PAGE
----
Don Sweeney had been on the job for only a month when his first crisis erupted. In June, the Bruins' new general manager learned the young defenseman he projected to be Zdeno Chara's replacement wanted out.
Sweeney could have tried reasoning with Dougie Hamilton. He could have waited for former colleague Peter Chiarelli to sign Hamilton to an offer sheet and match the number. He could have stared down Hamilton, not signed him to a summertime extension, and made him reconsider his wish when training camp arrived.
Instead, Sweeney acted swiftly to show Hamilton the door. It was something his former boss might have done had a player said he didn't want to be a Bruin.
"He had guts. He had guts to do it," Harry Sinden said of the executive who holds his former title. "He could have signed him, then figured out some way to make us meet the salary cap. I don't know what would have happened. I shouldn't say it this way, but I don't think I could have done it any better than that."
As senior adviser to the owner, Sinden helped to shape the process that resulted in Sweeney's promotion. With Sinden's counsel, president Cam Neely interviewed candidates, ultimately selecting his former teammate as Chiarelli's replacement. For Sinden, participating in hockey operations was an opportunity that did not arise often under Chiarelli's watch.
"He showed me a great deal of respect, which I was happy for," Sinden said of Sweeney's predecessor. "He was really nice to me. But we never really had any conversations. He was going to do his thing, which he should have."
Sinden can't help feeling more engaged with colleagues he once considered employees. Sinden drafted Sweeney in the eighth round in 1984. Two years later, Sinden traded for Neely.
Sweeney and Neely have become like sons to the 83-year-old Sinden. That they're calling the shots like he once did is just fine with the Hall of Fame builder.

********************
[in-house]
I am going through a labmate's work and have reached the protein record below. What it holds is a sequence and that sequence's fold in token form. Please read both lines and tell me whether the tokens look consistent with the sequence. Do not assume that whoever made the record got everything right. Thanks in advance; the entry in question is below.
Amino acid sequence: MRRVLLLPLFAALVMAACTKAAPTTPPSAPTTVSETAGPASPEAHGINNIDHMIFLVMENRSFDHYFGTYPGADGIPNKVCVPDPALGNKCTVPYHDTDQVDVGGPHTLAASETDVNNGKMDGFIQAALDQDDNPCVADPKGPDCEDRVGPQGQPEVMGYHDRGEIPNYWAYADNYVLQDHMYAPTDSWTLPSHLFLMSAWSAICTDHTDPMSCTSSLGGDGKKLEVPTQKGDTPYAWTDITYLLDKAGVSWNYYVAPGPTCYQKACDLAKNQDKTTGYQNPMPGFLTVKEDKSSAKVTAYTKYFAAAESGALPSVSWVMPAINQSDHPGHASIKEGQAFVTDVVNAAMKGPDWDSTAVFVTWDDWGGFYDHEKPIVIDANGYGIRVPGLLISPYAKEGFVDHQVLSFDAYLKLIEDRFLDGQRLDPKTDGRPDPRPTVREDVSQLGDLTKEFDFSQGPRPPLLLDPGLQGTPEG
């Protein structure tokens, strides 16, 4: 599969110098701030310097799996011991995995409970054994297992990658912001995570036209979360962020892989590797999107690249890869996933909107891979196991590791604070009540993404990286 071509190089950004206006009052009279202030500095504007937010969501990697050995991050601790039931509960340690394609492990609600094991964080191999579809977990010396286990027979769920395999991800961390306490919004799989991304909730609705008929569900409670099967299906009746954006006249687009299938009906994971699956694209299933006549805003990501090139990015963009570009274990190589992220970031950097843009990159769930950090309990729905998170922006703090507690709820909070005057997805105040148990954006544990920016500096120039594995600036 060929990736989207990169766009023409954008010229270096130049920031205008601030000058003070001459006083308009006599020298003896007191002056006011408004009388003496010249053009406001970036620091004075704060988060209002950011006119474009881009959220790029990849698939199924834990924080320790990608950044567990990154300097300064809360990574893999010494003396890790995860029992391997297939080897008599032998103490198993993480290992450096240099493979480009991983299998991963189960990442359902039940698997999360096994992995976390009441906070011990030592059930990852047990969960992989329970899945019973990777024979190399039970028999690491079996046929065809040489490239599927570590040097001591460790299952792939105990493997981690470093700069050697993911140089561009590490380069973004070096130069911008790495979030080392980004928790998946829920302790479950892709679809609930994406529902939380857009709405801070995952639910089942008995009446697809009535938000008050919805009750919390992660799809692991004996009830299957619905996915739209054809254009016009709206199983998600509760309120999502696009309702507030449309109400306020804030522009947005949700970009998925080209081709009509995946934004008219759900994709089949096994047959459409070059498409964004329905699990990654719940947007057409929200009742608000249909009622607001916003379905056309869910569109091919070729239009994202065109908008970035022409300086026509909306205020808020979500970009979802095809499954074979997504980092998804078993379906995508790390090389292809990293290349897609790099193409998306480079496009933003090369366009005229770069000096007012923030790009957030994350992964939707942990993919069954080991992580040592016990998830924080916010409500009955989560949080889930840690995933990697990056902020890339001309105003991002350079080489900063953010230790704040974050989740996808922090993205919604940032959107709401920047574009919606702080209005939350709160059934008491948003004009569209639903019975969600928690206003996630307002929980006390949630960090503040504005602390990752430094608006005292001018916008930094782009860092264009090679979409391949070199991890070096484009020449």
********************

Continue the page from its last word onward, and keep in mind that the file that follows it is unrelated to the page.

"To see them come here and do so well as players, and then move into the management of this team and run this whole operation," Sinden said, "I've got to feel good about it. I do. I feel good about it."
The NHL has turned upside down since Sinden served as GM from 1972 to 2000. The salary cap shapes most of Sweeney's decisions. Goalies have turned into armored giants. The game rewards speed and skill more than size. GMs make their calls with analytics, not just their guts, as guidance. Players demand communication from their bosses instead of accepting benchings or demotions without a word of explanation.
But Sinden still knows what he sees. His description of the 2015-16 Bruins is spot on.
"It's not quite a real contender at the moment," Sinden said. "But it's shown signs that it can move into that second level of contention. As we all know, there's nothing like the Stanley Cup playoffs for upsets. There's just nothing like it. Eighth seeds win sometimes. I think we're on the edge of that. We've shown improvement. We're showing signs of playing offensively, which I wasn't sure we were going to show."